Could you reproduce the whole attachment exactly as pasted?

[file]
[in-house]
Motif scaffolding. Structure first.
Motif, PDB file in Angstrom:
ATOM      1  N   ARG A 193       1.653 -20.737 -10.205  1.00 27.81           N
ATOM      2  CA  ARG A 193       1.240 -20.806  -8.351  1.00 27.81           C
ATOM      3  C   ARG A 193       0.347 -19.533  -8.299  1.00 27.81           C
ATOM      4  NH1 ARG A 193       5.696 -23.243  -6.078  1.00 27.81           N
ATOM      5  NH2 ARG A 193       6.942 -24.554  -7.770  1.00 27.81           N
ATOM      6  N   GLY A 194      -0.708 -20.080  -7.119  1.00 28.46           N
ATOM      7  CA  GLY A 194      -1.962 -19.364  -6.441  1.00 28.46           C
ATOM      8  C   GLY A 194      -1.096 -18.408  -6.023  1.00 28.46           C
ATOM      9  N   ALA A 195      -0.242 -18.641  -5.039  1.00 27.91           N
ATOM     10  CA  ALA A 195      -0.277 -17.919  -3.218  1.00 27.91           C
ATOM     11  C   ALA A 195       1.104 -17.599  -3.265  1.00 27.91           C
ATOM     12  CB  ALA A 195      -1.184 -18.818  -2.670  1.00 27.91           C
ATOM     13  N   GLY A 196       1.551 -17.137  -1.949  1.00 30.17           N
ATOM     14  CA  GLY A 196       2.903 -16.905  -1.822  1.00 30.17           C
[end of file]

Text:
[in-house]
Motif scaffolding. Structure first.
Motif, PDB file in Angstrom:
ATOM      1  N   ARG A 193       1.653 -20.737 -10.205  1.00 27.81           N
ATOM      2  CA  ARG A 193       1.240 -20.806  -8.351  1.00 27.81           C
ATOM      3  C   ARG A 193       0.347 -19.533  -8.299  1.00 27.81           C
ATOM      4  NH1 ARG A 193       5.696 -23.243  -6.078  1.00 27.81           N
ATOM      5  NH2 ARG A 193       6.942 -24.554  -7.770  1.00 27.81           N
ATOM      6  N   GLY A 194      -0.708 -20.080  -7.119  1.00 28.46           N
ATOM      7  CA  GLY A 194      -1.962 -19.364  -6.441  1.00 28.46           C
ATOM      8  C   GLY A 194      -1.096 -18.408  -6.023  1.00 28.46           C
ATOM      9  N   ALA A 195      -0.242 -18.641  -5.039  1.00 27.91           N
ATOM     10  CA  ALA A 195      -0.277 -17.919  -3.218  1.00 27.91           C
ATOM     11  C   ALA A 195       1.104 -17.599  -3.265  1.00 27.91           C
ATOM     12  CB  ALA A 195      -1.184 -18.818  -2.670  1.00 27.91           C
ATOM     13  N   GLY A 196       1.551 -17.137  -1.949  1.00 30.17           N
ATOM     14  CA  GLY A 196       2.903 -16.905  -1.822  1.00 30.17           C